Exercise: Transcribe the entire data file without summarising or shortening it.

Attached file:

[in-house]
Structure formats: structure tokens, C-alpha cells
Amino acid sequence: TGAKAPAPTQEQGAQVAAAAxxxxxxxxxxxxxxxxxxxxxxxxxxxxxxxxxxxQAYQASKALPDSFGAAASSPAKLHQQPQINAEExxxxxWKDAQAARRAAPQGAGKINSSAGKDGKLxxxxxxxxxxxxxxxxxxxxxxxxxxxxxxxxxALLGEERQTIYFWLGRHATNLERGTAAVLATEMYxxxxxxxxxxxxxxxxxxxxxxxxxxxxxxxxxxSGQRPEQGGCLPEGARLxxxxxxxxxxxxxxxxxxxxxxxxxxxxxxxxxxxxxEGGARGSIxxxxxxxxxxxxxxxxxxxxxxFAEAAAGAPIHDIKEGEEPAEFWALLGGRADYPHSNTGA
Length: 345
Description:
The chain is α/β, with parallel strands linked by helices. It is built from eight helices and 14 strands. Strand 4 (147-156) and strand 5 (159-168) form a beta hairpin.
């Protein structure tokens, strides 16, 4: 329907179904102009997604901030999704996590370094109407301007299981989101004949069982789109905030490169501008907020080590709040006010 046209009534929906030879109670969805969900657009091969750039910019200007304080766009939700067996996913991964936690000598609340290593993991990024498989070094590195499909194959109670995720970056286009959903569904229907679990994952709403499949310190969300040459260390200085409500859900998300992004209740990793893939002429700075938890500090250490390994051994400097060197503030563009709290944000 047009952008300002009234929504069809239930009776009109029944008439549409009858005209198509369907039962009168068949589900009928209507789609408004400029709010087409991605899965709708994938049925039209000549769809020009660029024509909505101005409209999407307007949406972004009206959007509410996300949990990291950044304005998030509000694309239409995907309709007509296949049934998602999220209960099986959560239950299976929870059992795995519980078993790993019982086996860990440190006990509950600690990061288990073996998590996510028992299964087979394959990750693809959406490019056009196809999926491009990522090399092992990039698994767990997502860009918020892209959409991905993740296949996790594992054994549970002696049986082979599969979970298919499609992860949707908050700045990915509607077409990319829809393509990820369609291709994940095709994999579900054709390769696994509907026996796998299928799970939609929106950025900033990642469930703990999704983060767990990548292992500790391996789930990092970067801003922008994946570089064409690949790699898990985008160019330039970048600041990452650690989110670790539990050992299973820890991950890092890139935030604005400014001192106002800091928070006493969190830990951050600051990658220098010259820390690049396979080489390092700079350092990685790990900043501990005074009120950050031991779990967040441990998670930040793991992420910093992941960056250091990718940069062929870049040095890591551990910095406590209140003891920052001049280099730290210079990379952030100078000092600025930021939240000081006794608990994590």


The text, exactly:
[in-house]
Structure formats: structure tokens, C-alpha cells
Amino acid sequence: TGAKAPAPTQEQGAQVAAAAxxxxxxxxxxxxxxxxxxxxxxxxxxxxxxxxxxxQAYQASKALPDSFGAAASSPAKLHQQPQINAEExxxxxWKDAQAARRAAPQGAGKINSSAGKDGKLxxxxxxxxxxxxxxxxxxxxxxxxxxxxxxxxxALLGEERQTIYFWLGRHATNLERGTAAVLATEMYxxxxxxxxxxxxxxxxxxxxxxxxxxxxxxxxxxSGQRPEQGGCLPEGARLxxxxxxxxxxxxxxxxxxxxxxxxxxxxxxxxxxxxxEGGARGSIxxxxxxxxxxxxxxxxxxxxxxFAEAAAGAPIHDIKEGEEPAEFWALLGGRADYPHSNTGA
Length: 345
Description:
The chain is α/β, with parallel strands linked by helices. It is built from eight helices and 14 strands. Strand 4 (147-156) and strand 5 (159-168) form a beta hairpin.
């Protein structure tokens, strides 16, 4: 329907179904102009997604901030999704996590370094109407301007299981989101004949069982789109905030490169501008907020080590709040006010 046209009534929906030879109670969805969900657009091969750039910019200007304080766009939700067996996913991964936690000598609340290593993991990024498989070094590195499909194959109670995720970056286009959903569904229907679990994952709403499949310190969300040459260390200085409500859900998300992004209740990793893939002429700075938890500090250490390994051994400097060197503030563009709290944000 047009952008300002009234929504069809239930009776009109029944008439549409009858005209198509369907039962009168068949589900009928209507789609408004400029709010087409991605899965709708994938049925039209000549769809020009660029024509909505101005409209999407307007949406972004009206959007509410996300949990990291950044304005998030509000694309239409995907309709007509296949049934998602999220209960099986959560239950299976929870059992795995519980078993790993019982086996860990440190006990509950600690990061288990073996998590996510028992299964087979394959990750693809959406490019056009196809999926491009990522090399092992990039698994767990997502860009918020892209959409991905993740296949996790594992054994549970002696049986082979599969979970298919499609992860949707908050700045990915509607077409990319829809393509990820369609291709994940095709994999579900054709390769696994509907026996796998299928799970939609929106950025900033990642469930703990999704983060767990990548292992500790391996789930990092970067801003922008994946570089064409690949790699898990985008160019330039970048600041990452650690989110670790539990050992299973820890991950890092890139935030604005400014001192106002800091928070006493969190830990951050600051990658220098010259820390690049396979080489390092700079350092990685790990900043501990005074009120950050031991779990967040441990998670930040793991992420910093992941960056250091990718940069062929870049040095890591551990910095406590209140003891920052001049280099730290210079990379952030100078000092600025930021939240000081006794608990994590």